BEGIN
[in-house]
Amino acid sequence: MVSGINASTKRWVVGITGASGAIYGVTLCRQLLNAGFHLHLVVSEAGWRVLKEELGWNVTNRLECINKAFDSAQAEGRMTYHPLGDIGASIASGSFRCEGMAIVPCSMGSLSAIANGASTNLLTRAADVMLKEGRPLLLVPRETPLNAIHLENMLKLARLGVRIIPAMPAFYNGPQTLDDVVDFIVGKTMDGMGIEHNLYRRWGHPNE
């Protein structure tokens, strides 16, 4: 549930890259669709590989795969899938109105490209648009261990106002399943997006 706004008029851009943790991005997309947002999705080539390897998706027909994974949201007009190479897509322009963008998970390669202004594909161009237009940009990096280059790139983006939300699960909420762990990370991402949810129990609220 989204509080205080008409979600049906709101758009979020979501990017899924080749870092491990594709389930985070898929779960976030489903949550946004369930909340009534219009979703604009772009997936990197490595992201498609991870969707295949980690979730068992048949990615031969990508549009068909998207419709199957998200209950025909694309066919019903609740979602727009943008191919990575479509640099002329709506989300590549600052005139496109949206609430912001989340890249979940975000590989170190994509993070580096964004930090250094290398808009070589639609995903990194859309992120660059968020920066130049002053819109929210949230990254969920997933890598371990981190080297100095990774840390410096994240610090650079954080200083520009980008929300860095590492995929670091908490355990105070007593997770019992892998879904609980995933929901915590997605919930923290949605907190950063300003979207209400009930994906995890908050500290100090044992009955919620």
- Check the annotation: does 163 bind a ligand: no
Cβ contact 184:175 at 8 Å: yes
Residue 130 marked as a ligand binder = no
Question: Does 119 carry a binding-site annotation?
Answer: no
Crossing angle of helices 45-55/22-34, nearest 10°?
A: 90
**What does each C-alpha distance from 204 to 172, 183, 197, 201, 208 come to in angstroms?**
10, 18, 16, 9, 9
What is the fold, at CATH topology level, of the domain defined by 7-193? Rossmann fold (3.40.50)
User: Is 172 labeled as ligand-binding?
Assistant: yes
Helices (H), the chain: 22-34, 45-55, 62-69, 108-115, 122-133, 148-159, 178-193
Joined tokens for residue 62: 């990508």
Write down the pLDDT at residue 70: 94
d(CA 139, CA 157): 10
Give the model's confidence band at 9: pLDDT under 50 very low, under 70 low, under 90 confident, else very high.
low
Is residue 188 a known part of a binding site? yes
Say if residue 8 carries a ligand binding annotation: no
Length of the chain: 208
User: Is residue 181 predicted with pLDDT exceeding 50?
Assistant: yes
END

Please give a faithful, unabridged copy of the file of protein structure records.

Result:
[in-house]
Amino acid sequence: MVSGINASTKRWVVGITGASGAIYGVTLCRQLLNAGFHLHLVVSEAGWRVLKEELGWNVTNRLECINKAFDSAQAEGRMTYHPLGDIGASIASGSFRCEGMAIVPCSMGSLSAIANGASTNLLTRAADVMLKEGRPLLLVPRETPLNAIHLENMLKLARLGVRIIPAMPAFYNGPQTLDDVVDFIVGKTMDGMGIEHNLYRRWGHPNE
């Protein structure tokens, strides 16, 4: 549930890259669709590989795969899938109105490209648009261990106002399943997006 706004008029851009943790991005997309947002999705080539390897998706027909994974949201007009190479897509322009963008998970390669202004594909161009237009940009990096280059790139983006939300699960909420762990990370991402949810129990609220 989204509080205080008409979600049906709101758009979020979501990017899924080749870092491990594709389930985070898929779960976030489903949550946004369930909340009534219009979703604009772009997936990197490595992201498609991870969707295949980690979730068992048949990615031969990508549009068909998207419709199957998200209950025909694309066919019903609740979602727009943008191919990575479509640099002329709506989300590549600052005139496109949206609430912001989340890249979940975000590989170190994509993070580096964004930090250094290398808009070589639609995903990194859309992120660059968020920066130049002053819109929210949230990254969920997933890598371990981190080297100095990774840390410096994240610090650079954080200083520009980008929300860095590492995929670091908490355990105070007593997770019992892998879904609980995933929901915590997605919930923290949605907190950063300003979207209400009930994906995890908050500290100090044992009955919620």
- Check the annotation: does 163 bind a ligand: no
Cβ contact 184:175 at 8 Å: yes
Residue 130 marked as a ligand binder = no
Question: Does 119 carry a binding-site annotation?
Answer: no
Crossing angle of helices 45-55/22-34, nearest 10°?
A: 90
**What does each C-alpha distance from 204 to 172, 183, 197, 201, 208 come to in angstroms?**
10, 18, 16, 9, 9
What is the fold, at CATH topology level, of the domain defined by 7-193? Rossmann fold (3.40.50)
User: Is 172 labeled as ligand-binding?
Assistant: yes
Helices (H), the chain: 22-34, 45-55, 62-69, 108-115, 122-133, 148-159, 178-193
Joined tokens for residue 62: 């990508």
Write down the pLDDT at residue 70: 94
d(CA 139, CA 157): 10
Give the model's confidence band at 9: pLDDT under 50 very low, under 70 low, under 90 confident, else very high.
low
Is residue 188 a known part of a binding site? yes
Say if residue 8 carries a ligand binding annotation: no
Length of the chain: 208
User: Is residue 181 predicted with pLDDT exceeding 50?
Assistant: yes